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2017 Preview: San Diego Padres

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Between now and Opening Day, HardballTalk will take a look at each of baseball’s 30 teams, asking the key questions, the not-so-key questions, and generally breaking down their chances for the 2017 season. Next up: The San Diego Padres.

The Padres went 68-94 last season, good enough for last place in the NL West. After an offseason in which the club did practically nothing, the Padres are expected to once again bring up the rear in the division.

The club did add veterans Jered Weaver and Jhoulys Chacin to a rotation that very well may be the least threatening starting rotation in baseball. Weaver, 34, has been in freefall the last two seasons. His fastball once sat in the high 80’s but has struggled to sit above 83 MPH lately. The right-hander struck out only 13.4 percent of the batters he faced last season, the second lowest rate among qualified starters. Pitching in the pitcher-friendly Petco Park will be nice but it won’t be enough to make up for Weaver’s batting practice fastball and inability to miss bats.

Chacin, 29, is trying to hang out in the big leagues. Injuries and ineffectiveness limited him to fewer than 70 innings in three of his previous four seasons coming into 2016, but he managed to stay healthy pitching for the Braves and Angels. Combined, he had a 4.81 ERA with a 119/55 K/BB ratio in 144 innings. Going forward, it’s quite possible he both stays healthy and returns to his solid level of pitching that he showed in 2011 and ’13 with the Rockies, but it’s not the likely outcome.

Clayton Richard is looking forward to what will hopefully be his first full season as a starting pitcher since 2012. Injuries and a move to the bullpen have hampered those dreams in the interm. Last year, he made nine starts and two relief appearances for the Padres after coming over from the Cubs and put up a 2.52 ERA with a 34/24 K/BB ratio in 53 2/3 innings. As one can see, Richard’s inability to miss bats and his less-than-stellar walk rate will both prove to be problematic unless he made some tremendous strides over the offseason.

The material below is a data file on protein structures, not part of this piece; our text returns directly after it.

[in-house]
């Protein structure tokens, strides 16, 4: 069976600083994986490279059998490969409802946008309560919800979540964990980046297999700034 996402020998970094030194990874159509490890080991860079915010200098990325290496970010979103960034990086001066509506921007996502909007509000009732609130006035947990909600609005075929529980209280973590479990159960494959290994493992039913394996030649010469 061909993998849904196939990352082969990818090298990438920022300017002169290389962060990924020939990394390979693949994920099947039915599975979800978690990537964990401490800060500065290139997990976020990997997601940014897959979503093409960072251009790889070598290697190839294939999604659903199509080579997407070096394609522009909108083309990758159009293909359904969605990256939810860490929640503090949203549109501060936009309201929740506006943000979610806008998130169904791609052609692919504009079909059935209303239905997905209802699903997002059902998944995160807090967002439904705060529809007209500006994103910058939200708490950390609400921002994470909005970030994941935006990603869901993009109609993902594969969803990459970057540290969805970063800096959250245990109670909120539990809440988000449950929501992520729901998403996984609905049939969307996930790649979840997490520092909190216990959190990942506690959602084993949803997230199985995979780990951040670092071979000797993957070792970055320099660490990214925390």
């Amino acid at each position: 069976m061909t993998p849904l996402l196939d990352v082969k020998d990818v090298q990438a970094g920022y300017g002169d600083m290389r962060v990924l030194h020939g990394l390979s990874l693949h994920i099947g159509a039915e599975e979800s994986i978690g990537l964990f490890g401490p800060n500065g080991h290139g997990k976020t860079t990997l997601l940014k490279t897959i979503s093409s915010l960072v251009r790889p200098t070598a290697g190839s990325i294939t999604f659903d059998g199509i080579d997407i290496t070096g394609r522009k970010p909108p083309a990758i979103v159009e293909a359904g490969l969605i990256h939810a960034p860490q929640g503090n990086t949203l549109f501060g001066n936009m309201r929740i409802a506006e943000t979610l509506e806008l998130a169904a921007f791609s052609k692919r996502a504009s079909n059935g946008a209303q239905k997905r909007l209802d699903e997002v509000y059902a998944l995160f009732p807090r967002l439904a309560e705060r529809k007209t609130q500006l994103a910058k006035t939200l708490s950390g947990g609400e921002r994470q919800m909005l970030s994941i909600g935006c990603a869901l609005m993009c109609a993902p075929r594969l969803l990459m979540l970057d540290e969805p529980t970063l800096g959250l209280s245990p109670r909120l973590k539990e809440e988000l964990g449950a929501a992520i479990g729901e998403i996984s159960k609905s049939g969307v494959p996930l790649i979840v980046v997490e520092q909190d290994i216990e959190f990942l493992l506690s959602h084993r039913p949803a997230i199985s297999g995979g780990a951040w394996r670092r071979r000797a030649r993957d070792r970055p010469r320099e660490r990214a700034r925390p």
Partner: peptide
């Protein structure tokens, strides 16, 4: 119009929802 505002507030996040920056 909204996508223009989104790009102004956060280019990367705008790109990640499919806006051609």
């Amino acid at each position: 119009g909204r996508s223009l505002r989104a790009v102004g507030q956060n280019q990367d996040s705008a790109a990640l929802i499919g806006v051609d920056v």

Christian Friedrich will likely open the season in the rotation as well. The left-hander has been underwhelming over parts of his first four seasons in the big leagues, owning a career 5.37 ERA. Pitching in Coors Field certainly didn’t help, but even last year with the Padres, he only managed a 4.80 ERA with a 100/52 K/BB ratio in 129 1/3 innings. As far as potential goes, Freidrich likely has the highest ceiling of anyone in the Padres’ rotation, but it’s a relatively low ceiling.

Luis Perdomo is hoping to recover after an underwhelming debut last season. The 23-year-old put up a 5.71 ERA with a 105/45 K/BB ratio in 146 2/3 innings. Hard to be worse than that. Needless to say, this starting rotation is shaping up to be the worst in the league. In the event of injury or unacceptably poor performance, Trevor Cahill, Jarred Cosart, and Paul Clemens could move into the rotation. Yay.

Now let’s play, “Name that closer.” Name the reliever who saved 13 games for the Padres after the club traded Fernando Rodney last season? His initials are B.M. Still stumped? Brandon Maurer. Along with the 13 saves, the right-hander posted a 4.52 ERA and a 72/23 K/BB ratio in 69 2/3 innings last season. Maurer will once again open the season as the Padres’ closer, though it doesn’t look like he’ll get many save opportunities.